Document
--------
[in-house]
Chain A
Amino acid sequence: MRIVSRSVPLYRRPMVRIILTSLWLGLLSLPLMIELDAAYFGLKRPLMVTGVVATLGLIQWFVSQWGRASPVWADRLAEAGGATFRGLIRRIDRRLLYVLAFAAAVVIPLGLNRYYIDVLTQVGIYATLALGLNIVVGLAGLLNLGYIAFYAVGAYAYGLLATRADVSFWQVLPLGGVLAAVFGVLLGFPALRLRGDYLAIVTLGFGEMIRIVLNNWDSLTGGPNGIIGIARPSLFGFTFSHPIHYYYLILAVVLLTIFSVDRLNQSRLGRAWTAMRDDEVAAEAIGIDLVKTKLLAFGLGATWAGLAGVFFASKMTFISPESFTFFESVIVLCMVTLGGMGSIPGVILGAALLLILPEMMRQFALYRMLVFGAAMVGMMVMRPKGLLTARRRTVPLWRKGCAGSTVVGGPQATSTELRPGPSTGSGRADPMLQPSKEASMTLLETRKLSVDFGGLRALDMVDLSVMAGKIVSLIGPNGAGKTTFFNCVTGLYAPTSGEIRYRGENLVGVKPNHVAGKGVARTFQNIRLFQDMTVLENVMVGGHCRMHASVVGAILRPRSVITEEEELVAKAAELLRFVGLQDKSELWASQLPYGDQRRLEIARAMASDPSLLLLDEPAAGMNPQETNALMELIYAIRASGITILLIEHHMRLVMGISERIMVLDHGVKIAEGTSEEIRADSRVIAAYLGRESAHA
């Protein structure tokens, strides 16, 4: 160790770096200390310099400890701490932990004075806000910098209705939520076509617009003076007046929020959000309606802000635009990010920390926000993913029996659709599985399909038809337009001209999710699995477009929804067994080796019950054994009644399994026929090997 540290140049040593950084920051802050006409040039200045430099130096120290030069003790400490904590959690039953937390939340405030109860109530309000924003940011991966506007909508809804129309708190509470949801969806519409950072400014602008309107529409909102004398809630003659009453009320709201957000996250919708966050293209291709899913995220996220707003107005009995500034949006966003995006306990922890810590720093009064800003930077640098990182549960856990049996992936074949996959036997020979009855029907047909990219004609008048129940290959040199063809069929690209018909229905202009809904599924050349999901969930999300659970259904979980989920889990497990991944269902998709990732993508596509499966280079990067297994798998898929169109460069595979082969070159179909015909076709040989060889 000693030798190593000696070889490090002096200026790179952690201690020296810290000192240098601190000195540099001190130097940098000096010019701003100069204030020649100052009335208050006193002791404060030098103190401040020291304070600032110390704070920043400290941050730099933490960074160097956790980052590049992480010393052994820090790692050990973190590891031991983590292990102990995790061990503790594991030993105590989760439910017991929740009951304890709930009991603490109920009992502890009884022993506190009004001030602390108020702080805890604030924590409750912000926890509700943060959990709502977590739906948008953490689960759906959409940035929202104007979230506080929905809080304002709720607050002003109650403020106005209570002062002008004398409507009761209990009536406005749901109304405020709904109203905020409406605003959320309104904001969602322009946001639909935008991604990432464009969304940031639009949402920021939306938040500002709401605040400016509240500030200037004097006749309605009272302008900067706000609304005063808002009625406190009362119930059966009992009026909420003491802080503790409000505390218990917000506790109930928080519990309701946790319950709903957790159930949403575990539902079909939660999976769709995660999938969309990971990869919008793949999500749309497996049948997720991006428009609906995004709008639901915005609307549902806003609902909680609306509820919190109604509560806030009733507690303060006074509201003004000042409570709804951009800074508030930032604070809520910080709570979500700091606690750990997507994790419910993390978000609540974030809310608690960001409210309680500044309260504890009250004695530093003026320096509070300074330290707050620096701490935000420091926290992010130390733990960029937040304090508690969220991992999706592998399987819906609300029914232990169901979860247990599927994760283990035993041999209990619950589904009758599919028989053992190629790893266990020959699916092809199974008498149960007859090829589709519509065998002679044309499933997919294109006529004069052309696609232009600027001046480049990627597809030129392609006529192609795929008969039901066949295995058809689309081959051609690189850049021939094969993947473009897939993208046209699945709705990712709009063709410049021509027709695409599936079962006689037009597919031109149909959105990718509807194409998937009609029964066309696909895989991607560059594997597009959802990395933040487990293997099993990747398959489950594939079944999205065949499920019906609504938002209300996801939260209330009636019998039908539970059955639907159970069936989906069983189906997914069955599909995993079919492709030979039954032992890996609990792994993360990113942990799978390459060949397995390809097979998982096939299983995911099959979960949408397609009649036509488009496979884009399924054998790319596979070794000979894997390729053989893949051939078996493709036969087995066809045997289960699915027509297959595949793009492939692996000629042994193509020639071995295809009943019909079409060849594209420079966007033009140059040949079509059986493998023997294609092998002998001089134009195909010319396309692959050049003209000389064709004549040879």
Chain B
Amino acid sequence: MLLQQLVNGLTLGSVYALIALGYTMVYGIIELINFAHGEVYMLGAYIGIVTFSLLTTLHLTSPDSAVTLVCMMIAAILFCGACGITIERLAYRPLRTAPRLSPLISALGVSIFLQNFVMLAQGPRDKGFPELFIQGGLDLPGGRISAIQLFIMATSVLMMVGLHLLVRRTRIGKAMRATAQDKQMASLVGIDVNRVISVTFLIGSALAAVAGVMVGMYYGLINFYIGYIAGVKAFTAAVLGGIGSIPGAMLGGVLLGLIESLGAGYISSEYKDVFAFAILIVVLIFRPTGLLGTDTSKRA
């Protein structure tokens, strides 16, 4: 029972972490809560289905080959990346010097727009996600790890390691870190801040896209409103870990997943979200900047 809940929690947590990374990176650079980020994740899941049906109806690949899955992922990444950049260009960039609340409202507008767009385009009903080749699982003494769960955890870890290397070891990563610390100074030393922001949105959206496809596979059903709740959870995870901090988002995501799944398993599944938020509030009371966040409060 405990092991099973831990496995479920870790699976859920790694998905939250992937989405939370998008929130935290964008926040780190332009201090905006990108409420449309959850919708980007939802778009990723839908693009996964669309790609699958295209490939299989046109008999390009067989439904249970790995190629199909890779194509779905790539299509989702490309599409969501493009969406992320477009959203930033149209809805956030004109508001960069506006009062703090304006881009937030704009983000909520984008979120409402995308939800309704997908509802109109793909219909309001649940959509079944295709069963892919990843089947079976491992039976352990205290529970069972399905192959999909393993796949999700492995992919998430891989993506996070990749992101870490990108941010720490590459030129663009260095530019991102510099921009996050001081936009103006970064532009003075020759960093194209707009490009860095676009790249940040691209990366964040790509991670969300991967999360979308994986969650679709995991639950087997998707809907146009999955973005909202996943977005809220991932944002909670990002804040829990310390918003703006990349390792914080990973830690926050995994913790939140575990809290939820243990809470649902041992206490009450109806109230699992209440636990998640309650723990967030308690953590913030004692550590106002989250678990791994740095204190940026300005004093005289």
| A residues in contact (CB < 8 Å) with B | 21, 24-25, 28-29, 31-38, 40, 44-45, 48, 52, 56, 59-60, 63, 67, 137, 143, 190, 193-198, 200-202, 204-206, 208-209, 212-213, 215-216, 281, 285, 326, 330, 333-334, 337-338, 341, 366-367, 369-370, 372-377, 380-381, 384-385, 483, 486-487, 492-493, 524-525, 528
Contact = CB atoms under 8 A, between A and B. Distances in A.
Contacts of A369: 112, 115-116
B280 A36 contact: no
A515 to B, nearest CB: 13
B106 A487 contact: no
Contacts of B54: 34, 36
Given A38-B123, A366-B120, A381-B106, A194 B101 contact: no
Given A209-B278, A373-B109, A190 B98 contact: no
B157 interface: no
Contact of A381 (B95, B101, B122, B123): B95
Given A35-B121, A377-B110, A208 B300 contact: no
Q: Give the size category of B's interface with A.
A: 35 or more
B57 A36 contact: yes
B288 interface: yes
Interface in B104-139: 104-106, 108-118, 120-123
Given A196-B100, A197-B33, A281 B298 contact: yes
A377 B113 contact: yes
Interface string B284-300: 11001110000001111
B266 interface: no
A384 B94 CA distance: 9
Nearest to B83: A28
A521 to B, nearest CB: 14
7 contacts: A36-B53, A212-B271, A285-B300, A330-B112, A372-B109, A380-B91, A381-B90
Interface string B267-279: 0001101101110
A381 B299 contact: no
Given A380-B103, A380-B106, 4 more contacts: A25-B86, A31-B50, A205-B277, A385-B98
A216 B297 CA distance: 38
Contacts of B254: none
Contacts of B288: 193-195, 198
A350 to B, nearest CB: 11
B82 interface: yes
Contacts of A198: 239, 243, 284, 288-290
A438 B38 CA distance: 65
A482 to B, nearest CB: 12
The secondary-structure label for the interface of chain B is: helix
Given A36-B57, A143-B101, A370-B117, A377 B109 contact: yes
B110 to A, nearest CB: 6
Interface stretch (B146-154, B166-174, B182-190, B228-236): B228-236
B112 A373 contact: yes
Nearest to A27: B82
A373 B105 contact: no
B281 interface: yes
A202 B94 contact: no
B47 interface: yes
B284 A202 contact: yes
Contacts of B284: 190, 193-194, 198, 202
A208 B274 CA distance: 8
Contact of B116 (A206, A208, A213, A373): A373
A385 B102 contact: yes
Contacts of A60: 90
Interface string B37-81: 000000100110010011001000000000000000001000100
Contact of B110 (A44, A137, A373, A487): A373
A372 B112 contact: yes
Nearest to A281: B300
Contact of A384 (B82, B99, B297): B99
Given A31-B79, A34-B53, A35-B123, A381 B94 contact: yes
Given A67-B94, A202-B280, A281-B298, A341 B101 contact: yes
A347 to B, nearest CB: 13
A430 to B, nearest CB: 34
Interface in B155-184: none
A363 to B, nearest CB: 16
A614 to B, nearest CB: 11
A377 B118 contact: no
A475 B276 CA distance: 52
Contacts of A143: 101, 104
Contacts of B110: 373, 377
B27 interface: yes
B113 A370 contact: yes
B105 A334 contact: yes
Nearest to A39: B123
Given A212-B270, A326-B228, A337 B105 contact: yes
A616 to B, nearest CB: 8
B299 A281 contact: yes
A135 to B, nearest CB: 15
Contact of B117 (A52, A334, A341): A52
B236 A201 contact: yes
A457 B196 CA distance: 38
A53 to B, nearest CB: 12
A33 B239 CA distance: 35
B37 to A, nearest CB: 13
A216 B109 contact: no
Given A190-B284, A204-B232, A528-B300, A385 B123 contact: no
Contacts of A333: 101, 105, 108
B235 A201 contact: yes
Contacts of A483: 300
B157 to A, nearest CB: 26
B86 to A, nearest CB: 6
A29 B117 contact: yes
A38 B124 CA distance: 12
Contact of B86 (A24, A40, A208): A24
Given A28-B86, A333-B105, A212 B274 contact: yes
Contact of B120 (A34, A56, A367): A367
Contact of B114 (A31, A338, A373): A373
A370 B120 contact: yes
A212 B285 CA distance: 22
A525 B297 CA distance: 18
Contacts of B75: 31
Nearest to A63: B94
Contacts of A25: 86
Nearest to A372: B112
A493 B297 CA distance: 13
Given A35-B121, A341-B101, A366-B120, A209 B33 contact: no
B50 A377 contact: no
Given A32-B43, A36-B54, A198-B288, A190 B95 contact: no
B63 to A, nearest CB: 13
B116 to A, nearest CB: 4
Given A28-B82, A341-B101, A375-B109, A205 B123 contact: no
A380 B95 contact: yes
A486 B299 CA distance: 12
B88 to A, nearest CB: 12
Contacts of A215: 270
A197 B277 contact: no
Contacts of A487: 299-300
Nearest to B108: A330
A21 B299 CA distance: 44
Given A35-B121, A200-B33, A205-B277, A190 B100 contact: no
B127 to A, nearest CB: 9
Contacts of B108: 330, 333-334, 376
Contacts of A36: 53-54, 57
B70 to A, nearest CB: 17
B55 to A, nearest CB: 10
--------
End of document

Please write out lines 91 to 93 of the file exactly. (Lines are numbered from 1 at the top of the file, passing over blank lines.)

Given A190-B284, A204-B232, A528-B300, A385 B123 contact: no
Contacts of A333: 101, 105, 108
B235 A201 contact: yes